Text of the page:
Tampa Bay Buccaneers: Winners and Losers from Training Camp

J.J. Rodriguez@ActofRodContributor IIAugust 14, 2013

Tampa Bay Buccaneers: Winners and Losers from Training Camp

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    With roughly half of training camp in the rearview mirror and the beginning of the regular season less than a month away, the Tampa Bay Buccaneers are fast-approaching some very important roster deadlines that loom on the horizon.

    They have to decide who'll replace injured place-kicker Connor Barth, who was lost for the season after tearing his Achilles tendon at a charity basketball game last month. As it currently stands, their choices are either 10-year veteran Lawrence Tynes or Derek Dimke, entering his second year in the league.

    Another interesting contest is at running back, where there are a bevy of capable backs vying to serve as the primary backup to Doug Martin. Then, there is the battle for the third receiver position between newcomer Kevin Ogletree and Tiquan Underwood. 

    Other pending decisions include who will win the starting spot at tight end between Tom Crabtree, Luke Stocker and Danny Noble, among others, as well as at outside linebacker where free-agent signee Jonathan Casillas and Dekoda Watson are locked in a heated competition.

    With all of this in mind, here are the winners and losers from training camp, thus far.

Winner: Cornerback Johnthan Banks

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    When the Buccaneers released veteran cornerback Eric Wright just before the start of camp, all eyes immediately moved to rookie cornerback and 2012 Jim Thorpe Award-winner Johnthan Banks as his likely replacement.

    After all, Banks was drafted, in part, due to his athleticism and coverage abilities, which are two things the Bucs sorely lacked in 2012.

    Selected with the 43rd overall pick in April's draft, Banks has not disappointed in his first professional training camp, flashing his ability on countless occasions and giving the team and their fans reasons to believe there will be a much more capable secondary that takes the field come Week 1.

    Listed at 6'2", Banks has used his height and length to bat down and break up multiple pass attempts during camp, and, barring any sort of setback, he should find himself taking the field with the starters once the season begins in September.

Loser: Cornerback Deveron Carr

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    Amidst all of the post-draft hype of landing cornerback Johnthan Banks, the Bucs signed undrafted free-agent cornerback Deveron Carr and gave him a relatively lucrative signing bonus of $15,000.

    ESPN.com's NFC South blogger Pat Yasinskas pointed out how unusual it is to see such a large bonus given to an undrafted rookie because, as Yasinskas mentions, "many undrafted free agents don’t even get signing bonuses and those who do often top out at $5,000."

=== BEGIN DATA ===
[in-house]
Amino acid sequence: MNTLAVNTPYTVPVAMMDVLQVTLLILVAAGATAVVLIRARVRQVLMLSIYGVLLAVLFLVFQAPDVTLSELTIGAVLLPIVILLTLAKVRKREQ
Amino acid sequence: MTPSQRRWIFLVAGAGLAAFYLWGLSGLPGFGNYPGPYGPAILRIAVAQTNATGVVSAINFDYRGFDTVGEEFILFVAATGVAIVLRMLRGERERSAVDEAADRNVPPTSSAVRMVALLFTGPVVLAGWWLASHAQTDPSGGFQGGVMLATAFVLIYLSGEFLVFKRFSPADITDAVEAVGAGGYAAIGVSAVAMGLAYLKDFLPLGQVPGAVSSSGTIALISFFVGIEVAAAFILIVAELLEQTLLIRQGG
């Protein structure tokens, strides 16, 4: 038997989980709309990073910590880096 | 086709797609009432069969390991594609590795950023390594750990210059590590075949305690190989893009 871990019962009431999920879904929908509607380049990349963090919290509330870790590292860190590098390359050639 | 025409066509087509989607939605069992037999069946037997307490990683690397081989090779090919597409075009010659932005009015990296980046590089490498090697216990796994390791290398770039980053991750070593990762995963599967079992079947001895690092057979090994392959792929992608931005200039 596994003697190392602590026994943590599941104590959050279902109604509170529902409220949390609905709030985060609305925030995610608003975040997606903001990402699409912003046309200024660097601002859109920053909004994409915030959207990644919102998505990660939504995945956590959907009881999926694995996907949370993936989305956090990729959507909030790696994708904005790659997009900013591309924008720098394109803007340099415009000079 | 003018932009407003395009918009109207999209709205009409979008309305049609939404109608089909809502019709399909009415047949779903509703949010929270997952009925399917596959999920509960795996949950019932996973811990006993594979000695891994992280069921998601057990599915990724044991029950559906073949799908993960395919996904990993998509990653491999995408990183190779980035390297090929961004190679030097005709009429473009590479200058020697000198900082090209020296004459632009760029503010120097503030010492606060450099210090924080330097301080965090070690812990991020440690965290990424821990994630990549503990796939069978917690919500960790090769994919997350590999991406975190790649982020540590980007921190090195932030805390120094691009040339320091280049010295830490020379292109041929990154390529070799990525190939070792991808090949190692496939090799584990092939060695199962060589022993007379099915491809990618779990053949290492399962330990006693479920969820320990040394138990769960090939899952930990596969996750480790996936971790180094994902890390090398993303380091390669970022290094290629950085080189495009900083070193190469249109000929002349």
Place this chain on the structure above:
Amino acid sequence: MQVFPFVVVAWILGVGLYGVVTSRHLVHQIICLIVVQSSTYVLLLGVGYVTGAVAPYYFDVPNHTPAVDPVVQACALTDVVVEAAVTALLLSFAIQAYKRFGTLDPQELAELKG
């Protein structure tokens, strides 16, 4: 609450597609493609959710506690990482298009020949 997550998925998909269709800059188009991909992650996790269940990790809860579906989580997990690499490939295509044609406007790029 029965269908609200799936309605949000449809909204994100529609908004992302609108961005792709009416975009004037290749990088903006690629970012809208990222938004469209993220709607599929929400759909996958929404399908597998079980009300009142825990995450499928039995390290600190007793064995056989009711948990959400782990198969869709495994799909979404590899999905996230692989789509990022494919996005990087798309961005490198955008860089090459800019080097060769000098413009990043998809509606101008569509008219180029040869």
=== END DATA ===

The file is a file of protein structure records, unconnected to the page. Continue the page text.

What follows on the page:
Aside from the unusually large bonus, Carr's signing was also noteworthy because it signaled to some that the Bucs were clearly not content with trotting out the same handful of defensive backs that nearly allowed more passing yards in a single season than any other unit in NFL history.

    With increased expectations and a large bonus in hand, Carr entered training camp with a legitimate shot of seeing significant playing time this season.

    However, he has been lost in the shuffle, thanks to the unexpected emergence of veteran cornerback Michael Adams and fellow undrafted free agent Rashaan Melvin, both of whom have made a handful of splash plays and, as such, appear to have an edge over Carr.

    In fact, at this point, I'm not even sure Carr makes the final roster, which tells you how precipitous of a fall he's endured in just under a month.

Winner: Running Back Brian Leonard

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    While most of the offseason attention was centered around the additions of Dashon Goldson and Darrelle Revis in the secondary, the signing of free-agent running back Brian Leonard garnered relatively little buzz compared to the others.

    Leonard, who played for head coach Greg Schiano at Rutgers, was brought on to compete for carries behind starter Doug Martin, who combined for more than 1,900 total yards from scrimmage as a rookie in 2012.

    Conventional wisdom would suggest the Bucs may lighten Martin's load this season after feeding him 368 times on the ground and through the air last season, which is what makes the addition of Leonard and rookie Mike James, drafted in the sixth round, all the more important.

    In his first preseason game with the team last week, against the Baltimore Ravens, Leonard showed his potential by scoring the lone touchdown of the game for the Bucs and finishing with 23 rushing yards and a touchdown on six carries.